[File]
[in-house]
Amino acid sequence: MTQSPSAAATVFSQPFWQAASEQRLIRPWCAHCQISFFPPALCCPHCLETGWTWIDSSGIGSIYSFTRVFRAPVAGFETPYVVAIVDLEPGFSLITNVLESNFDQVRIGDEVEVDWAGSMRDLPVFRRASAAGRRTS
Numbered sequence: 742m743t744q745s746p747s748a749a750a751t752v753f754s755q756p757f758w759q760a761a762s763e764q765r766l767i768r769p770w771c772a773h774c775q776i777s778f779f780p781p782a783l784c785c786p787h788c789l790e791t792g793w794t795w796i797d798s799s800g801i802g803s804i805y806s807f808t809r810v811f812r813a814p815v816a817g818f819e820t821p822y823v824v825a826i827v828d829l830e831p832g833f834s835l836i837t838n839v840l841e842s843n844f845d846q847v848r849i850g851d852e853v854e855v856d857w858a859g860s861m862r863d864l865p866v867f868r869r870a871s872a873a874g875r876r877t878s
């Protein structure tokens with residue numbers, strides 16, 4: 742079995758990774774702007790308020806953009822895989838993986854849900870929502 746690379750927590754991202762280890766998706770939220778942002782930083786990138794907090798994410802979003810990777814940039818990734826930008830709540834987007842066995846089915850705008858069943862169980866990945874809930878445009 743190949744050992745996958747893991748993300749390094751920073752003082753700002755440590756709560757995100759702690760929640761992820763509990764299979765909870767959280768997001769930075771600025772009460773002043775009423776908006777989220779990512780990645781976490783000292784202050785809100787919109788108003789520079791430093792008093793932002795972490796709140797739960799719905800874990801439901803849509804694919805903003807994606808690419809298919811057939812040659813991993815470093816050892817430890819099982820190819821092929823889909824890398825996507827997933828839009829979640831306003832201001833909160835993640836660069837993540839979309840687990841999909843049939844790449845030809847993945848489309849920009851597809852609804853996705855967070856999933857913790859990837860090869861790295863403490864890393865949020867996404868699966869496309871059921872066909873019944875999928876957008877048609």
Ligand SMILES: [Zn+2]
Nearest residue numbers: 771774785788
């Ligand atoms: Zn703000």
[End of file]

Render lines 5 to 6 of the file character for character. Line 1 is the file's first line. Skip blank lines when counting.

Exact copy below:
Ligand SMILES: [Zn+2]
Nearest residue numbers: 771774785788